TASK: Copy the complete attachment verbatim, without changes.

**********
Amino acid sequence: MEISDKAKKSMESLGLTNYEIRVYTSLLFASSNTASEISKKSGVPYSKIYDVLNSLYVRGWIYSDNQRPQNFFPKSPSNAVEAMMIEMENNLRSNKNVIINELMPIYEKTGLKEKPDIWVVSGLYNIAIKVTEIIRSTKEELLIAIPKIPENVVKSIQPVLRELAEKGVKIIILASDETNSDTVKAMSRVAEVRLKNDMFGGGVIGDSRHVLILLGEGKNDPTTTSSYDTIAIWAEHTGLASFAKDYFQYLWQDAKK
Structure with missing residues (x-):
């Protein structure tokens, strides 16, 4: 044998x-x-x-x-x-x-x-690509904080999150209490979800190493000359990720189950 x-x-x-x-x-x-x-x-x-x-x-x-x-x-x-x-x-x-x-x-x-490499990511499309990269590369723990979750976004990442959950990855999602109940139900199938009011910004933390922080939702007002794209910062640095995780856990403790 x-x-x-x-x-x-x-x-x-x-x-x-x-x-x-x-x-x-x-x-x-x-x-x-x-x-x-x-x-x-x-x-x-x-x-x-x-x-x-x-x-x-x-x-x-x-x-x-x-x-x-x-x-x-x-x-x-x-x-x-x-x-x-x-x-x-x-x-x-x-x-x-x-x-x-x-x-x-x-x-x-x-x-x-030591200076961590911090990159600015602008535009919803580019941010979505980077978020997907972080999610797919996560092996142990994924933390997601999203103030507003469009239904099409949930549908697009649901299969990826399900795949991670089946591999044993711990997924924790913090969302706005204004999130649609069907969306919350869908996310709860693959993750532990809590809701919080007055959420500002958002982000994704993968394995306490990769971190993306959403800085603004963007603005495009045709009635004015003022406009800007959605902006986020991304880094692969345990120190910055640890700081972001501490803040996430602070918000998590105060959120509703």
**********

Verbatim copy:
Amino acid sequence: MEISDKAKKSMESLGLTNYEIRVYTSLLFASSNTASEISKKSGVPYSKIYDVLNSLYVRGWIYSDNQRPQNFFPKSPSNAVEAMMIEMENNLRSNKNVIINELMPIYEKTGLKEKPDIWVVSGLYNIAIKVTEIIRSTKEELLIAIPKIPENVVKSIQPVLRELAEKGVKIIILASDETNSDTVKAMSRVAEVRLKNDMFGGGVIGDSRHVLILLGEGKNDPTTTSSYDTIAIWAEHTGLASFAKDYFQYLWQDAKK
Structure with missing residues (x-):
């Protein structure tokens, strides 16, 4: 044998x-x-x-x-x-x-x-690509904080999150209490979800190493000359990720189950 x-x-x-x-x-x-x-x-x-x-x-x-x-x-x-x-x-x-x-x-x-490499990511499309990269590369723990979750976004990442959950990855999602109940139900199938009011910004933390922080939702007002794209910062640095995780856990403790 x-x-x-x-x-x-x-x-x-x-x-x-x-x-x-x-x-x-x-x-x-x-x-x-x-x-x-x-x-x-x-x-x-x-x-x-x-x-x-x-x-x-x-x-x-x-x-x-x-x-x-x-x-x-x-x-x-x-x-x-x-x-x-x-x-x-x-x-x-x-x-x-x-x-x-x-x-x-x-x-x-x-x-x-030591200076961590911090990159600015602008535009919803580019941010979505980077978020997907972080999610797919996560092996142990994924933390997601999203103030507003469009239904099409949930549908697009649901299969990826399900795949991670089946591999044993711990997924924790913090969302706005204004999130649609069907969306919350869908996310709860693959993750532990809590809701919080007055959420500002958002982000994704993968394995306490990769971190993306959403800085603004963007603005495009045709009635004015003022406009800007959605902006986020991304880094692969345990120190910055640890700081972001501490803040996430602070918000998590105060959120509703």